I’m not suggesting this co-operation is anything new and Cycling UK and the BHS in particular have been stablemates for years. What really surprised me was how far the horse folks were prepared to push the access point to happily anarchic levels. In fact it was a joy to spend time chatting to one determined senior campaigner with a wicked glint in her eye as she pointed out a few of well over a hundred DMMO orders she’d pushed through in her time. Sometimes by chasing land agents around her kitchen table, or harrying them with multiple legal claims until they agreed to access she was campaigning for. Other BHS officers (yes they really are that well organised, which puts us mountain bikers to shame) had several hundred successful changes to the access network under their belts already and clearly were intent to add many more. Literally rubbing shoulders with the countryside cavalry as we pored over maps with marker pens using our combined local knowledge to assess which way to take the route across various Moors and Dales was both massively uplifting and massively useful.
The amount of common ground in terms of diversity of demographic (actually horse are way better than MTB in this respect), love of being outdoors, practical needs on a multi day route and a shared love of cake and pubs shouldn't really have been a surprise, but it was very valuable to have it made so obvious. I also learned a lot about what a determined horse and rider can comfortably navigate and in return they opened their eyes to what works or doesn’t for us. And while we both acknowledged that both our user groups didn’t always behave as well as they could and both can potentially cause trail damage that affects the others, the overall atmosphere was really mutually appreciative.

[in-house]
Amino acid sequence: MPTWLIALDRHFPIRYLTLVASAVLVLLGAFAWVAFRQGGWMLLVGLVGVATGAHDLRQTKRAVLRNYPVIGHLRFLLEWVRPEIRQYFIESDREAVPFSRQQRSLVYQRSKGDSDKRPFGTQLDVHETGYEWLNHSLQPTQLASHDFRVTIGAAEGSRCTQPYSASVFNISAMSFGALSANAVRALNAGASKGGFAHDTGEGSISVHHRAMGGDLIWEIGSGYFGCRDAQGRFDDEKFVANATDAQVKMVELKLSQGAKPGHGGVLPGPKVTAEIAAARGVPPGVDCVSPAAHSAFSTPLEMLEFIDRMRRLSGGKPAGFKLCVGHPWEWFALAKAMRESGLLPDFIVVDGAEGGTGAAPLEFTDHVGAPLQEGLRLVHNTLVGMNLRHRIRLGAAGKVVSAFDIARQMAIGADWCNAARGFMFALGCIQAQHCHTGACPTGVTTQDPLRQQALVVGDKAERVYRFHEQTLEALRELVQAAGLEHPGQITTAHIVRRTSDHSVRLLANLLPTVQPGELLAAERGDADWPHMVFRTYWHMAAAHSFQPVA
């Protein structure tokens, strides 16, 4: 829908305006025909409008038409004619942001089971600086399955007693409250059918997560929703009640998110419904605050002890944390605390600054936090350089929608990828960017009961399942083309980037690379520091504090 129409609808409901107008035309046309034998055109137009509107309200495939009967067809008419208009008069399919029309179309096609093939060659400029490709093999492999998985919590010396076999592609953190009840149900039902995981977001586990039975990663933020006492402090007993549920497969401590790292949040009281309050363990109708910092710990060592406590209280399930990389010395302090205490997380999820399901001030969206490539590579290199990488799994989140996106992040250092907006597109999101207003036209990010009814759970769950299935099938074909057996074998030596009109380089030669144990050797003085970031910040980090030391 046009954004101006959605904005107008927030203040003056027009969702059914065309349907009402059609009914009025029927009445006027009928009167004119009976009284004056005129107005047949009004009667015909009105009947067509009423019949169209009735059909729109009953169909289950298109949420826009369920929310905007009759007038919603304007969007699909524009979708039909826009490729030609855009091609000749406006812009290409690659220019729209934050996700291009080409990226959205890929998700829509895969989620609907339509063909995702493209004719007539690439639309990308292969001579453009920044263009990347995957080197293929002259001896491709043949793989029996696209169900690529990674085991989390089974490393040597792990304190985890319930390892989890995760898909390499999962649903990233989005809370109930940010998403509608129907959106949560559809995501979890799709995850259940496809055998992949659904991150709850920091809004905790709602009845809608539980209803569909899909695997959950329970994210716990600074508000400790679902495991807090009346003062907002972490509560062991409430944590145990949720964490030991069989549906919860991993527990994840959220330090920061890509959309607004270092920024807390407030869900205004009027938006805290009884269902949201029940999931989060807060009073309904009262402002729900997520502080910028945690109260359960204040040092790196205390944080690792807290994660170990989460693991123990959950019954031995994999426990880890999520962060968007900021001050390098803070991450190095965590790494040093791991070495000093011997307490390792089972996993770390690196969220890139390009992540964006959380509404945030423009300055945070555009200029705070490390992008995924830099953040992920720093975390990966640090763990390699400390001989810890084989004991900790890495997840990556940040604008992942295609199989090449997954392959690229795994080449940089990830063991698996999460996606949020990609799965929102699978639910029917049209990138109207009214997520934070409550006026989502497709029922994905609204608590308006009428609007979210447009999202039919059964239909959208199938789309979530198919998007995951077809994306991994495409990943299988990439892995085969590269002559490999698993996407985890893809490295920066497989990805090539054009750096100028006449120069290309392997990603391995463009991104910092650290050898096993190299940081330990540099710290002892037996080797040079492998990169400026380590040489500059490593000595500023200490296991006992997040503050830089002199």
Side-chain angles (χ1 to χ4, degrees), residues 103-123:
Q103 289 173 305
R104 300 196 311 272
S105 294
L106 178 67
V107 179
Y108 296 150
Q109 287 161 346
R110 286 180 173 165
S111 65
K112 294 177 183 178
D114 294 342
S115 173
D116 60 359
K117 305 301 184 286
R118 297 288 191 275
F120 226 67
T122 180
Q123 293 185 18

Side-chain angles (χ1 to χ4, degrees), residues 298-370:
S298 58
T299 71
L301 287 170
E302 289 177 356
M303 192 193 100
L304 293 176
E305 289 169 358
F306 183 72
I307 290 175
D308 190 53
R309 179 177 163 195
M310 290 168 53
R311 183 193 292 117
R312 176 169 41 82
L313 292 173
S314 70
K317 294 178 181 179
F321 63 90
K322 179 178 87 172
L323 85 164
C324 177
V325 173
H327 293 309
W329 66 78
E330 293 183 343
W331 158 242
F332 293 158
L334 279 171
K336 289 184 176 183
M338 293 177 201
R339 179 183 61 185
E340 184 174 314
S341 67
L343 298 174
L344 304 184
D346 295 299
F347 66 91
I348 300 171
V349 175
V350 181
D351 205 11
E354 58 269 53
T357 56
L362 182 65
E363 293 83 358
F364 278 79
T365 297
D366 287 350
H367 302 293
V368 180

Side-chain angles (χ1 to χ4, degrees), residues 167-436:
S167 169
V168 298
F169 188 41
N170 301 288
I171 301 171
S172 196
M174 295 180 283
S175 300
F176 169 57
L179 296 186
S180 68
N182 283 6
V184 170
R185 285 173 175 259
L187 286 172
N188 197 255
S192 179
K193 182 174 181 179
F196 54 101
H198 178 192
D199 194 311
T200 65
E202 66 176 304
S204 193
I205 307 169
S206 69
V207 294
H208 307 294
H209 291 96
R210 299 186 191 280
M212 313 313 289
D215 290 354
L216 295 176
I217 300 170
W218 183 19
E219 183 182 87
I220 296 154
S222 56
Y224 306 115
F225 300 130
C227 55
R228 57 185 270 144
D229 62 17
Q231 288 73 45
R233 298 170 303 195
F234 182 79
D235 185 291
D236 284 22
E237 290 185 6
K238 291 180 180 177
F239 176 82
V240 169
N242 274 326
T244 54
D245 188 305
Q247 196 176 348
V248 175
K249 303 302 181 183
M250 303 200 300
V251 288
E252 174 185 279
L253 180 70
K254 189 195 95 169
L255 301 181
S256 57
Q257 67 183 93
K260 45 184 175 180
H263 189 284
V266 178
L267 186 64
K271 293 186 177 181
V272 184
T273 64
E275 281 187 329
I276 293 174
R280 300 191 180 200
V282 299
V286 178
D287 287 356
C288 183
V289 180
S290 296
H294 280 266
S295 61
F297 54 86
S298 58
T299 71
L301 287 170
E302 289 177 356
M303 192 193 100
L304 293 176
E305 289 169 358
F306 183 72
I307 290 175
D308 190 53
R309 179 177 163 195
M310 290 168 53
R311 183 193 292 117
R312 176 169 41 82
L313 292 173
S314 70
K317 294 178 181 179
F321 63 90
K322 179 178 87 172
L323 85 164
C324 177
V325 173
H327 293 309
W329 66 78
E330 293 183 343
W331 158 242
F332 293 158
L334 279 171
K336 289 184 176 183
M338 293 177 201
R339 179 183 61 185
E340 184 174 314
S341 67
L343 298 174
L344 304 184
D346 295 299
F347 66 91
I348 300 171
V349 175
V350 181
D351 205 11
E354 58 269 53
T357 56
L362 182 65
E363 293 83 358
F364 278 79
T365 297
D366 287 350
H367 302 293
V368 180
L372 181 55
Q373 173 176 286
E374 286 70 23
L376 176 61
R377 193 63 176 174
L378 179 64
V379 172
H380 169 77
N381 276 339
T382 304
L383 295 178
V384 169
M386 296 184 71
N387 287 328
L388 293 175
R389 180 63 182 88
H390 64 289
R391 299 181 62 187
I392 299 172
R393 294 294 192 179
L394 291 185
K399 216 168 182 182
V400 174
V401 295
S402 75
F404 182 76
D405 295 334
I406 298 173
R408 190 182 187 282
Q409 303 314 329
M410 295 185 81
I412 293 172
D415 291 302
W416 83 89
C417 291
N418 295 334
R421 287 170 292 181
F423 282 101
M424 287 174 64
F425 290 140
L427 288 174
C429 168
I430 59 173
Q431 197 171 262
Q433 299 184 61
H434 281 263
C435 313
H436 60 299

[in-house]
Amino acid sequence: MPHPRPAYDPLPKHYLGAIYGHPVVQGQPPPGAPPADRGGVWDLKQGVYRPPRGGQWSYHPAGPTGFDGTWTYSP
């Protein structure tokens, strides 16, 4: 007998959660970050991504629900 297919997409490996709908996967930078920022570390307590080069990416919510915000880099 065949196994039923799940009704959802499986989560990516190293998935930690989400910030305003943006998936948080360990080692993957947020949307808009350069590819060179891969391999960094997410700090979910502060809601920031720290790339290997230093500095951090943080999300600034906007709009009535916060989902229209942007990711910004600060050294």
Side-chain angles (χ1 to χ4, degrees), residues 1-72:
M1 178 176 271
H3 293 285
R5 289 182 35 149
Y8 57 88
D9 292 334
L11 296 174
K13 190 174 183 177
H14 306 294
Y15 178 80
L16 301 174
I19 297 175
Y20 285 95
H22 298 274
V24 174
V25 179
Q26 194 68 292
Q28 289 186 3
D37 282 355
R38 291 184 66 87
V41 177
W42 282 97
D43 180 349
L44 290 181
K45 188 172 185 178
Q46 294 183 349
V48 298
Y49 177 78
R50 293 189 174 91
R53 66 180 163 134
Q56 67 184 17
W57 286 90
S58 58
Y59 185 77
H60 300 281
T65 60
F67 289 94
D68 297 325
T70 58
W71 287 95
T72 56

Charge of the access brigade
Both meetings were also attended by the heads of the National Parks in question (Yorkshire Dales and North Yorks Moors) who clearly found it massively useful to be able to talk to both user groups simultaneously. Not only that but the proposals that were produced from each meeting gave us results that both groups were really happy with and there’s a great sense of co-operation going forward.
Once the maps were away I had some great conversations about how BHS were engaging with MTB-ers on local levels to get them to provide evidence for route use and right of way claims. This turned into ideas on how we can get the two wheeled community more engaged with lobbying, recording and campaigning for rightful access as enthusiastically and effectively as the six legged cohorts.
That’s something I’ll be going deeper into and hopefully saddling up some kind of bugle call to charge on shortly too, once I’ve had longer to think about how best to do it (besides joining Cycling UK). For now though I just want to return your thoughts back to the title of this piece. When it comes to being able to ride in more places and find friends in a perhaps unexpected part of the outdoor user community, the next time you meet a horse rider, don’t just “Be nice, say hi”. Give them the recognition they deserve for the role they’re playing in making the countryside more accessible for everyone and “Be nice, say thanks”.